KOMU Celebrates 50 Years of News Coverage and Community Service

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Columbia, Mo. (Feb. 9, 2004) — KOMU, an NBC-affiliate, is the only commercial television station in the United States that uses its newsroom as a working lab for students. The station’s news department is operated by the Missouri School of Journalism.

Missouri’s electronic news graduates serve in all capacities — anchors, executive producers investigative reporters, general assignment reporters and in management — for major network and cable channels and at television and radio stations throughout the country. These include CBS News, ABC News, NBC News Channel, Fox News, ESPN, CNN, Entertainment Tonight, E! Entertainment, National Geographic Television and Fox Sports.

KOMUKOMU became the first television station to broadcast a signal in mid-Missouri on Dec. 21, 1953. The station offered programming from all four networks available at the time: NBC, CBS, ABC and the Dumont Network. The first news team consisted of Phil Berk, anchor and news director, Dale Spencer, weathercaster, and Jean Madden, sportscaster. The newscast was titled “The News Camera.”

From the very beginning, KOMU focused on education, with programming including “The Missouri Forum,” hosted by Dr. Edward C. Lambert, vice president for television for the University, and later by Rod Gelatt, long-time news anchor and faculty supervisor of KOMU News. The station also focused its early programming on women, starting with “Ladies Fair,” then “Of Interest to Women.” Children watched “Captain Bob” and his cartoons.

In the late 1960s, the dynamics of the station changed as journalism students were allowed more involvement in the day-to-day operations of the television station.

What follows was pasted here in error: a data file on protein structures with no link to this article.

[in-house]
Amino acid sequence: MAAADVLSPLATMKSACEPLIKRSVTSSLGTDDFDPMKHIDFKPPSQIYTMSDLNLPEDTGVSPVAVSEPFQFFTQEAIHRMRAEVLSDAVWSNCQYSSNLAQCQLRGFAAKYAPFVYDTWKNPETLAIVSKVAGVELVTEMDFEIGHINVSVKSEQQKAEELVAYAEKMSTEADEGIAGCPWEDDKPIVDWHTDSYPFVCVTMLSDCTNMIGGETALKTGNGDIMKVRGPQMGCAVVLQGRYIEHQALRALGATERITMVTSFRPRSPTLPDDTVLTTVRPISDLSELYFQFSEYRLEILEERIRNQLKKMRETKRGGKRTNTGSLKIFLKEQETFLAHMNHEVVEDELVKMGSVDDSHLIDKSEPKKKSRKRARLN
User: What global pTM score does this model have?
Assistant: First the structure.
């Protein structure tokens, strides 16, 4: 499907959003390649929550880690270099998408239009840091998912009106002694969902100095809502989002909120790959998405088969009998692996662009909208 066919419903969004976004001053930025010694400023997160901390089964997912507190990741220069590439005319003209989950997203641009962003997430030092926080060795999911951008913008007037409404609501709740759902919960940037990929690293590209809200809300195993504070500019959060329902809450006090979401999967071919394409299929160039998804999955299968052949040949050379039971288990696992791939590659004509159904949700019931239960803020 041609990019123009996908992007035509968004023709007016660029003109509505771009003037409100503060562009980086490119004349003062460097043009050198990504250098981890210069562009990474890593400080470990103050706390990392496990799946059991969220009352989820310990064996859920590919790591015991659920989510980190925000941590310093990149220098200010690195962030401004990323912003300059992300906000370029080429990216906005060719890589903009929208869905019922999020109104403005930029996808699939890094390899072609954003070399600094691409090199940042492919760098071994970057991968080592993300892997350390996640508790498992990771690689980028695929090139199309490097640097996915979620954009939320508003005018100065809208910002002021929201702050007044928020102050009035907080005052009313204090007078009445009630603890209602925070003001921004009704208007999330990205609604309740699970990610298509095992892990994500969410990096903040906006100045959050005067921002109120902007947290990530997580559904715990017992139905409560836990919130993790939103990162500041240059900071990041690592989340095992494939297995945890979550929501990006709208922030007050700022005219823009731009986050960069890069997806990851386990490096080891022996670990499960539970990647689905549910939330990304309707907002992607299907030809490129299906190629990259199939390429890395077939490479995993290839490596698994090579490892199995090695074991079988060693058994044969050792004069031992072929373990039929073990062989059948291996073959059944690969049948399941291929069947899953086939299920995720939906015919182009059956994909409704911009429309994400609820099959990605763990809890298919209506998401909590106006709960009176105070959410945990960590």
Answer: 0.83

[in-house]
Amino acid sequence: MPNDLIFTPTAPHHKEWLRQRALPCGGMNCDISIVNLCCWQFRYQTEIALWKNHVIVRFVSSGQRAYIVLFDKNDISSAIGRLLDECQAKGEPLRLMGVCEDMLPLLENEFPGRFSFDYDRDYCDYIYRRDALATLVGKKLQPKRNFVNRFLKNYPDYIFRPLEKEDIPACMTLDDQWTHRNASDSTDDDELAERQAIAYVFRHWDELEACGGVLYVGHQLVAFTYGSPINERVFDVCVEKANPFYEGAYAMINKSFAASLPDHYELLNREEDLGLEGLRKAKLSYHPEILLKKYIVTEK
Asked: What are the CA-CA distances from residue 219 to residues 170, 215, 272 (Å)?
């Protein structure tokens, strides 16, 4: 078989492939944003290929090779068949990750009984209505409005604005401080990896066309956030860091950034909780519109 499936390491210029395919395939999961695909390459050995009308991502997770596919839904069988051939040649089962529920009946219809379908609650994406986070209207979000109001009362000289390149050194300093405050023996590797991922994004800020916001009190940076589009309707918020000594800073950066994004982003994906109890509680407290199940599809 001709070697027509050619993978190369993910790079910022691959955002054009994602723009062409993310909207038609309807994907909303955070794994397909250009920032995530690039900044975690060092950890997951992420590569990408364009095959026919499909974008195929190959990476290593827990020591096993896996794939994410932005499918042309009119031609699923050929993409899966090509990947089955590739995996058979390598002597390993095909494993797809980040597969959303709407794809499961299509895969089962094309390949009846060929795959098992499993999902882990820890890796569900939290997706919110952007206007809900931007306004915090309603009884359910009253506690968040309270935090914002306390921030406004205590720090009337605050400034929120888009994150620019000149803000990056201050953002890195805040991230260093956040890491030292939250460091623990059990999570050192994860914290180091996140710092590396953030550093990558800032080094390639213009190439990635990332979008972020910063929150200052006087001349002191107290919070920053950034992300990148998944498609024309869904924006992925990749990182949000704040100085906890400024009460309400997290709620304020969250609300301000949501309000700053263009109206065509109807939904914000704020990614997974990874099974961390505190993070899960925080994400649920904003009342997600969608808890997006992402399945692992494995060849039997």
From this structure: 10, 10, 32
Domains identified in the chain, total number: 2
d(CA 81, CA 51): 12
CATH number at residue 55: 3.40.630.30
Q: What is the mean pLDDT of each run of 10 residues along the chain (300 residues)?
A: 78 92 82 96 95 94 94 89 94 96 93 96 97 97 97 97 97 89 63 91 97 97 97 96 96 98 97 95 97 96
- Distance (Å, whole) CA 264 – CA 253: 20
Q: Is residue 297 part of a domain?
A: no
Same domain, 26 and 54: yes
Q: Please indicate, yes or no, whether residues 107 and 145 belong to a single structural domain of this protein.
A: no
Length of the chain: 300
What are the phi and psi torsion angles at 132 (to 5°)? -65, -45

“Missouri is consistently ranked number one in the world for broadcast journalism education,” said Dean Mills, the School’s dean. “The reason is twofold. We have the best faculty, and we have the best facilities, thanks to KOMU.”

Today students typically work one 10-hour shift per week, but many have class assignments that cause them to be in the newsroom more frequently. During any regular semester, the station hosts about 125 J-School students, coming and going on different days. In addition to the four full-time faculty members working under the supervision of Faculty News Director Stacey Woelfel, the principal anchors serve as adjunct faculty, teaching both in the newsroom and formally in the classroom. KOMU airs a typical schedule of newscasts for a network affiliate: 6 a.m., 5 p.m., 6 p.m. and 10 p.m. Monday through Friday, plus evening newscasts on weekends.

“Our broadcast students are baptized in the fire of real-time television news experience. They learn by reporting and producing news, under the pressures of real deadlines, real sources, real audiences,” Mills said.

Since its pioneering days, KOMU has set the industry standard in mid-Missouri. Its many “firsts” include:

  • The first television station in mid-Missouri.
  • The first mid-Missouri station to broadcast in color.
  • The first to provide mid-Missouri with live news coverage with the first and only satellite news gathering truck.
  • The first station in mid-Missouri to put African-Americans on the air.
  • The first to have Doppler weather radar.
  • The first to have a website.
  • The first to have a full power high definition digital television signal, KOMU-DT 36.

“I am so proud and appreciative of this station’s history,” Marty Siddall, the station’s general manager, said. “As we look forward we can promise the same high commitment to provide our viewers with the very best in news, information and entertainment programming as well as a deep commitment to serving mid-Missouri through public service.”

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Feb 9, 2004

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